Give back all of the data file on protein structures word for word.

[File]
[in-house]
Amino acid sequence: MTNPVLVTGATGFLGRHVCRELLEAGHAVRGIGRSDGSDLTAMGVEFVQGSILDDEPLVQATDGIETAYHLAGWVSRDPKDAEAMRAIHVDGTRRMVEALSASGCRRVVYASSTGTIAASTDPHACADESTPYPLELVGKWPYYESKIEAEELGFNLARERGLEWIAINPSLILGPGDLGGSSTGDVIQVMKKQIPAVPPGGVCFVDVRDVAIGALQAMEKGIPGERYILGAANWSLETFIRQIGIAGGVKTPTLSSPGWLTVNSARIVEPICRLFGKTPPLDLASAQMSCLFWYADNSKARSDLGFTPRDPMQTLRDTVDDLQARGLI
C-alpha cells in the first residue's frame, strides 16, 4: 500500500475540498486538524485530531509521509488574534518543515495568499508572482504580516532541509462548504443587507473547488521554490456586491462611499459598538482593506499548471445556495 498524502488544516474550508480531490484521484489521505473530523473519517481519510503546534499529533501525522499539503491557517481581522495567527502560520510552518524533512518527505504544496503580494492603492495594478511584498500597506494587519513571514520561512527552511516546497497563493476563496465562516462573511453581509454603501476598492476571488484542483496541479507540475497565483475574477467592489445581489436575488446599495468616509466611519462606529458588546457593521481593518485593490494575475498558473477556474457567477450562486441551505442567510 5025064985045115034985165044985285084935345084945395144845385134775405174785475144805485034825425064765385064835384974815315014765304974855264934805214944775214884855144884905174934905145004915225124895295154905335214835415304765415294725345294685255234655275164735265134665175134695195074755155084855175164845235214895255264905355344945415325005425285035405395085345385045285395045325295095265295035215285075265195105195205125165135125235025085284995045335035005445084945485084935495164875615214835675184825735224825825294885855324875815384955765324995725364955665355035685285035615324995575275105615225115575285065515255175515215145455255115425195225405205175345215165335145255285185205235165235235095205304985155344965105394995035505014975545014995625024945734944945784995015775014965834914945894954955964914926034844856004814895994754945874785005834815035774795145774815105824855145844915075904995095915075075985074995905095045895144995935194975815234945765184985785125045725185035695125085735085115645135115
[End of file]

[in-house]
Amino acid sequence: MTNPVLVTGATGFLGRHVCRELLEAGHAVRGIGRSDGSDLTAMGVEFVQGSILDDEPLVQATDGIETAYHLAGWVSRDPKDAEAMRAIHVDGTRRMVEALSASGCRRVVYASSTGTIAASTDPHACADESTPYPLELVGKWPYYESKIEAEELGFNLARERGLEWIAINPSLILGPGDLGGSSTGDVIQVMKKQIPAVPPGGVCFVDVRDVAIGALQAMEKGIPGERYILGAANWSLETFIRQIGIAGGVKTPTLSSPGWLTVNSARIVEPICRLFGKTPPLDLASAQMSCLFWYADNSKARSDLGFTPRDPMQTLRDTVDDLQARGLI
C-alpha cells in the first residue's frame, strides 16, 4: 500500500475540498486538524485530531509521509488574534518543515495568499508572482504580516532541509462548504443587507473547488521554490456586491462611499459598538482593506499548471445556495 498524502488544516474550508480531490484521484489521505473530523473519517481519510503546534499529533501525522499539503491557517481581522495567527502560520510552518524533512518527505504544496503580494492603492495594478511584498500597506494587519513571514520561512527552511516546497497563493476563496465562516462573511453581509454603501476598492476571488484542483496541479507540475497565483475574477467592489445581489436575488446599495468616509466611519462606529458588546457593521481593518485593490494575475498558473477556474457567477450562486441551505442567510 5025064985045115034985165044985285084935345084945395144845385134775405174785475144805485034825425064765385064835384974815315014765304974855264934805214944775214884855144884905174934905145004915225124895295154905335214835415304765415294725345294685255234655275164735265134665175134695195074755155084855175164845235214895255264905355344945415325005425285035405395085345385045285395045325295095265295035215285075265195105195205125165135125235025085284995045335035005445084945485084935495164875615214835675184825735224825825294885855324875815384955765324995725364955665355035685285035615324995575275105615225115575285065515255175515215145455255115425195225405205175345215165335145255285185205235165235235095205304985155344965105394995035505014975545014995625024945734944945784995015775014965834914945894954955964914926034844856004814895994754945874785005834815035774795145774815105824855145844915075904995095915075075985074995905095045895144995935194975815234945765184985785125045725185035695125085735085115645135115